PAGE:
Among the strongest voiced concerns was the hope that some of the rhetoric and contentious speech would give way to civil dialogue and discussion of this very complex issue.
I voiced the concerns of our Church that health care reform should involve coverage for all, especially the poor and marginalized. Health care should be affordable, and its cost should be distributed equitably. As Catholics, we advocate that the reform be abortion-neutral, neither taking away any of the protections now in place or expanding the availability of abortion. I emphasized the need for this legislation to uphold the right of conscience so that hospitals and medical personnel will not be forced to violate their belief in the sanctity of all life.

Congresswoman Giffords was attentive to our reflections, oftentimes taking notes. She indicated that she had not yet given support to any piece of legislation and found the conversation helpful and informative. Also last week, she conducted several open forums in the community. It is important for legislators to listen to their constituents and to hear their concerns.
Like our present immigration policy, health care is in need of reform. Respectful dialogue and shared ideas and perspectives will help us get through the mire of issues that affect each of these reforms. We can do better than we are presently doing, and we need to have the courage and wisdom to act.

You are invited to participate in a special forum on health care reform on Monday, Sept. 21, at 7 p.m., at Most Holy Trinity Parish in Tucson. Peg Harmon, chief executive officer of Catholic Community Services of Southern Arizona, and I will dialogue with participants on the forum's theme, "Health Care Reform: A Moral Imperative."

The phrase "A Moral Imperative" comes from the 1993 U.S. Conference of Catholic Bishop's resolution on health care. Although issued nearly 17 years ago, "A Framework for Comprehensive Health Care Reform" articulates, from the perspective of Catholic Social Teaching and the Gospel, values and principles that remain valid today and that provide an excellent framework for us regarding the issues involved in this current effort to reform our nation's health care system.

2. Catholic Foundation for the Diocese of Tucson -- At today's meeting of the Board of Directors of the Catholic Foundation for the Diocese of Tucson, we will welcome new members to the Board: Annette Jones of St. Pius X Parish in Tucson; Richard Miranda and Jose Rincon of St. Augustine Cathedral Parish; and Dan Torrington of St. Frances Cabrini Parish in Tucson.

We also will welcome Linda Tansik as president of the Board. Linda succeeds John Woods, who will continue to serve on the Board as past president.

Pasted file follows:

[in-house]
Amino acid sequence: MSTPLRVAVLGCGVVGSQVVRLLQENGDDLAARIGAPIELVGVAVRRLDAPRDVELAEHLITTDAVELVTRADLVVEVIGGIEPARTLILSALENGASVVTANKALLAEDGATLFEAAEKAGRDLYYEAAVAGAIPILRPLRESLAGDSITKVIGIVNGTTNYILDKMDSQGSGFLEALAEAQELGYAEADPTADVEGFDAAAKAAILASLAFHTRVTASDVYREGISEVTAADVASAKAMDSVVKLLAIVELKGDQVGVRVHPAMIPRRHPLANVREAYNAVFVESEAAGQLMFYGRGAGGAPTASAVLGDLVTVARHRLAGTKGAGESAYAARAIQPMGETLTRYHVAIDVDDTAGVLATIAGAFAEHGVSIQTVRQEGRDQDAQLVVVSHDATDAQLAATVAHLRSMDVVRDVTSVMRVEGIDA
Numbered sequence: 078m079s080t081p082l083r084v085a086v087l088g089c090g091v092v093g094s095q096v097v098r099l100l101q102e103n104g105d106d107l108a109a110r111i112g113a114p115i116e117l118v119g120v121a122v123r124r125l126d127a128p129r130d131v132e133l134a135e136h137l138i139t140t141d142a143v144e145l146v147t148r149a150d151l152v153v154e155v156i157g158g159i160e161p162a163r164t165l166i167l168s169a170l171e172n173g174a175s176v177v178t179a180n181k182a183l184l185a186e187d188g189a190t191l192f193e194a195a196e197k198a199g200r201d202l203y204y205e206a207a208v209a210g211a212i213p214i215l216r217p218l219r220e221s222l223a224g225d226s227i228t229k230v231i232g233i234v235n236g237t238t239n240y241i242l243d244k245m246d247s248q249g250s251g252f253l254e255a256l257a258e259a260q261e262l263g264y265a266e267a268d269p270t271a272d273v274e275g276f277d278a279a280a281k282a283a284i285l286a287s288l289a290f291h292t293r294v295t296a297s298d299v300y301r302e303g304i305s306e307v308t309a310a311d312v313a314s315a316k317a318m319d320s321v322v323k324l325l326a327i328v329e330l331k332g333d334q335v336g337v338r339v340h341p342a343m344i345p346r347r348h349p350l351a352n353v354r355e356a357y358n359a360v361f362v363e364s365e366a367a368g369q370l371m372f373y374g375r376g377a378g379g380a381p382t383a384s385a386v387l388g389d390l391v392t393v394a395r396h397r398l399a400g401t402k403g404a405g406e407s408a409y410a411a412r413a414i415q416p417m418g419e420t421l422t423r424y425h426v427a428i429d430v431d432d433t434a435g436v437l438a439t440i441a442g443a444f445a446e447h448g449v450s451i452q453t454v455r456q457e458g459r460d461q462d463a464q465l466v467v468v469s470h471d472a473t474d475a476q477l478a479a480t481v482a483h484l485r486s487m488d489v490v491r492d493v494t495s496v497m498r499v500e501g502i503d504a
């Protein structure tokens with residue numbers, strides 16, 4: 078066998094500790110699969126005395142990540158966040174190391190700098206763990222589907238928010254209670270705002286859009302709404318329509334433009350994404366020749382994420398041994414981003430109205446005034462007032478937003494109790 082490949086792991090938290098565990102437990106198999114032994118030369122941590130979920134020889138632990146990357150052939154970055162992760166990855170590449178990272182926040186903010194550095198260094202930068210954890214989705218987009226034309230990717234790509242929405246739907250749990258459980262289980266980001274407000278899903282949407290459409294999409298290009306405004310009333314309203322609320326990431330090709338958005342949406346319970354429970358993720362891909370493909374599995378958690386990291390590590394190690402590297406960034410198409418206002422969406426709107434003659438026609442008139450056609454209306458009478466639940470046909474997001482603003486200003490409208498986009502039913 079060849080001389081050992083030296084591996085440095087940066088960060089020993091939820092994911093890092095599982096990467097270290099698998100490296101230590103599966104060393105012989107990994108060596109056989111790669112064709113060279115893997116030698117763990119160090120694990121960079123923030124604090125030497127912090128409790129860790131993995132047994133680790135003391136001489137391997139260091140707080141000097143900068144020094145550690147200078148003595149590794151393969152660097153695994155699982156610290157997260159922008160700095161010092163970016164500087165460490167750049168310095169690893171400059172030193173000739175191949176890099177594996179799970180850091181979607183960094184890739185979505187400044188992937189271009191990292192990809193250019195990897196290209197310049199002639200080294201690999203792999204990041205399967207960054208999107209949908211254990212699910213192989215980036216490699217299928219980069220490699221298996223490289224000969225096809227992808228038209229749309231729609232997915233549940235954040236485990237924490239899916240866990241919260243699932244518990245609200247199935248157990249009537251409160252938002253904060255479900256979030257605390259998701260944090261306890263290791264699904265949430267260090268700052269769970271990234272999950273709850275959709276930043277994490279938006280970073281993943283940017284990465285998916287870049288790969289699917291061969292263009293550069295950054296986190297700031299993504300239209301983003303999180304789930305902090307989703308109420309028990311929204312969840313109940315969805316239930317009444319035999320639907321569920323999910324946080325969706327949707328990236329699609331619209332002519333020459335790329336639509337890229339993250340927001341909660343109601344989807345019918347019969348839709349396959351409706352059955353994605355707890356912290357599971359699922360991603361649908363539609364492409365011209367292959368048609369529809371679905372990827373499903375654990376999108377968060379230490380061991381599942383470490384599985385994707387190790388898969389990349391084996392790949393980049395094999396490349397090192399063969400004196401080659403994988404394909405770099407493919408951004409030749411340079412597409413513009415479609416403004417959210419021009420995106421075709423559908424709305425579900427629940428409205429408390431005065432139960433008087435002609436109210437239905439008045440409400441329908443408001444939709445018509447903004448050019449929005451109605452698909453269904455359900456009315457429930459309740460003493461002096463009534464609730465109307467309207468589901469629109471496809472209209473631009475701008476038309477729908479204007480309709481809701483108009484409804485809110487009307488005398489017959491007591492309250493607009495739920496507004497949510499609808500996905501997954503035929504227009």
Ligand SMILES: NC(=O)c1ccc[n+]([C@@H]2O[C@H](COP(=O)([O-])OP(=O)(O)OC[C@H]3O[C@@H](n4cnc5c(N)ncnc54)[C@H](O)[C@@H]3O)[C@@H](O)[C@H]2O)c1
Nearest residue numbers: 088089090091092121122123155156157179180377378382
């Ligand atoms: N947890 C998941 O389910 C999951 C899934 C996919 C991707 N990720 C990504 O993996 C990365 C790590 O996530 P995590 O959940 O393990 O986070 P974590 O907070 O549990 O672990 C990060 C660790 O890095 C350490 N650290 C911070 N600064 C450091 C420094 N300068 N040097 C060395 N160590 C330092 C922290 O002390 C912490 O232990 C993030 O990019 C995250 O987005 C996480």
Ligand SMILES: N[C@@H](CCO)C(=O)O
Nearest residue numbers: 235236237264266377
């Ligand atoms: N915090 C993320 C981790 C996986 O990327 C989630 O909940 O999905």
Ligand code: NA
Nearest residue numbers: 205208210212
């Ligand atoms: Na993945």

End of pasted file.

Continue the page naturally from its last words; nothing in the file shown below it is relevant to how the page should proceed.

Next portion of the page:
The agenda for the meeting includes a review of investment management proposals, an update on progress made in the implementation of the strategic plan and committee assignments for the upcoming year.
3. "Discipleship According to…" -- I look forward to being with Father Bart Hutcherson, O.P., pastor, and the community of St. Thomas Moore Newman Center Parish in Tucson tomorrow evening at 7 p.m. to celebrate Mass and to be their guest for their series of presentations on what it means to be a follower of Christ.

Guests for "Discipleship According to…" share reflections on how someone has modeled discipleship for them. My model of discipleship will be St. Peter.

4. Call to Holiness Evangelization Conference -- I am honored to be the keynote speaker this Friday morning for the Call to Holiness Evangelization Conference of the Archdiocese of Galveston-Houston.

"Responding to the Call to Holiness in Today's World" is the theme of the conference, and "Renewing Our Lives in Christ Jesus" will be the theme for my talk.

5. Diocesan Pastoral Council -- The Council meets this Saturday morning at the Pastoral Center. In this Year for Priests, we are inviting a priest in our Diocese to each of our meetings through June to share with us the story of his vocation and his experience of priesthood. Our first guest priest will be Father Dom Pinti, pastor of St. George Parish in Apache Junction and a member of the Council.

During our meeting, we will consider ways that the Council can support in our Diocese the intentions of Pope Benedict XVI in the Year for Priests: inviting and encouraging priests to seek of life of perfection in holiness; praying for priests that they might be occasions for people to meet God; and praying for an increase in vocations to the priesthood.